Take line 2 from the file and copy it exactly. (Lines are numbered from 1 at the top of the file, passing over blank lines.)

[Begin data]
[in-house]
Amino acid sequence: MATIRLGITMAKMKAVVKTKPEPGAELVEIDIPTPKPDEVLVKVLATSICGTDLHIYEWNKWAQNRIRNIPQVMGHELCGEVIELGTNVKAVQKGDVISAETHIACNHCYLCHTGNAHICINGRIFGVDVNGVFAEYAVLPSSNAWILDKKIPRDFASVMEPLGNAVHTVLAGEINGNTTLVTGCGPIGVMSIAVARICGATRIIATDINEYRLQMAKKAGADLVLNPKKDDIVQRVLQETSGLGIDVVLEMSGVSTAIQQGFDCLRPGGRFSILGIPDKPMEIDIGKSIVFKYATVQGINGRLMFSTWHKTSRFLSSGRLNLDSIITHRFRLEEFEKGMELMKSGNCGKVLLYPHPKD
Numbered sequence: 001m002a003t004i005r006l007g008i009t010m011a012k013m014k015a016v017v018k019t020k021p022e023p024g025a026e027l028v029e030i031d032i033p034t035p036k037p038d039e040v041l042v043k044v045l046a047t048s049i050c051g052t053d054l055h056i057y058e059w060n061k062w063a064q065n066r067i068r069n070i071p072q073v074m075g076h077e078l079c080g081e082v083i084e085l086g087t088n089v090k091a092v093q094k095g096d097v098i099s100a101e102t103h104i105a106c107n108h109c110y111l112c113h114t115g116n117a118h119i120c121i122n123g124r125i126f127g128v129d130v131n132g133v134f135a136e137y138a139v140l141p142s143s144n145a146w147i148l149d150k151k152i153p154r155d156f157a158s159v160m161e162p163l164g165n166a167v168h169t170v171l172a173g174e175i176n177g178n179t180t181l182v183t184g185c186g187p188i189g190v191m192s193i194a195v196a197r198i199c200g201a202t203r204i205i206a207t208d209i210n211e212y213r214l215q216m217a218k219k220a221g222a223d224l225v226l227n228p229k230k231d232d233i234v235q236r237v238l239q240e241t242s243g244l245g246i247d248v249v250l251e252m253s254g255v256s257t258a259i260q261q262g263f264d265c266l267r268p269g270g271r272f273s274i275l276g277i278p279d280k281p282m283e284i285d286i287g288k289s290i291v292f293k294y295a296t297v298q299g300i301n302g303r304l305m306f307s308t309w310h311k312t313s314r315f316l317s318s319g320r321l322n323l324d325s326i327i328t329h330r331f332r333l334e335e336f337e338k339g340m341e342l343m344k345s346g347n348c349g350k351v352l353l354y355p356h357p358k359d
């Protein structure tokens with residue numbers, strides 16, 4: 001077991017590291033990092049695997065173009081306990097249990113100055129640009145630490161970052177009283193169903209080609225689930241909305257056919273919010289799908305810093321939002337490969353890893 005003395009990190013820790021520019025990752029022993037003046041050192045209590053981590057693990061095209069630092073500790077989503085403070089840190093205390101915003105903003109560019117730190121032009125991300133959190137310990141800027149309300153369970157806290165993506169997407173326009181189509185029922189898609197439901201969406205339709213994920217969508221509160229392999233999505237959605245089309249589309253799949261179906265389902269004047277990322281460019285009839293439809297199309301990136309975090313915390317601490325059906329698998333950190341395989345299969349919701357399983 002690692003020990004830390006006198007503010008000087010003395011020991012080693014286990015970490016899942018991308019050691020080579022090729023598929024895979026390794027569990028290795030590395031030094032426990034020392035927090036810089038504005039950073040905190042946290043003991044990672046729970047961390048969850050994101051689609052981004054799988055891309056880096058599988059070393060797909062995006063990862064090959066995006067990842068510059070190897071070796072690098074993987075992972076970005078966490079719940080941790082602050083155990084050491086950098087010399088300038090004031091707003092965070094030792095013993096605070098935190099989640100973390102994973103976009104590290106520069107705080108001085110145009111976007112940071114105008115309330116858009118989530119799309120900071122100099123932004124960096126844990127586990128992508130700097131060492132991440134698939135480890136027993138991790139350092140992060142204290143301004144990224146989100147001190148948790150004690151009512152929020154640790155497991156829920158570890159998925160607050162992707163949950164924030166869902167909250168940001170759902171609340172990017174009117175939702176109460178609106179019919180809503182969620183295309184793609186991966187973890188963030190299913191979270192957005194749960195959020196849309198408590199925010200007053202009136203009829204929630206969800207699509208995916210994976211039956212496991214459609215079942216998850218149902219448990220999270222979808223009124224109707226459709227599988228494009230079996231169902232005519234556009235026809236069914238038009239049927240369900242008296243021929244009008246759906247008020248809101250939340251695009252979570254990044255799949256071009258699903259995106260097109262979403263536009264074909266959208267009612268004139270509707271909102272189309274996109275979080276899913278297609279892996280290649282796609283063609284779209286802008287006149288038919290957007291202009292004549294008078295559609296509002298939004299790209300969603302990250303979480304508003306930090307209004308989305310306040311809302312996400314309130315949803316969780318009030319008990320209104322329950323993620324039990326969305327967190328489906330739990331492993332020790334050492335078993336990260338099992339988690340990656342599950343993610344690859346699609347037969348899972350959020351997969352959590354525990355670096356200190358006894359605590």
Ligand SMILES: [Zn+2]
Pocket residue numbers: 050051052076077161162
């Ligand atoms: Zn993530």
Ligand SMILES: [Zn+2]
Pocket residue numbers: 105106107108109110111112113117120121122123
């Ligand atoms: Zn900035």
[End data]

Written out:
Amino acid sequence: MATIRLGITMAKMKAVVKTKPEPGAELVEIDIPTPKPDEVLVKVLATSICGTDLHIYEWNKWAQNRIRNIPQVMGHELCGEVIELGTNVKAVQKGDVISAETHIACNHCYLCHTGNAHICINGRIFGVDVNGVFAEYAVLPSSNAWILDKKIPRDFASVMEPLGNAVHTVLAGEINGNTTLVTGCGPIGVMSIAVARICGATRIIATDINEYRLQMAKKAGADLVLNPKKDDIVQRVLQETSGLGIDVVLEMSGVSTAIQQGFDCLRPGGRFSILGIPDKPMEIDIGKSIVFKYATVQGINGRLMFSTWHKTSRFLSSGRLNLDSIITHRFRLEEFEKGMELMKSGNCGKVLLYPHPKD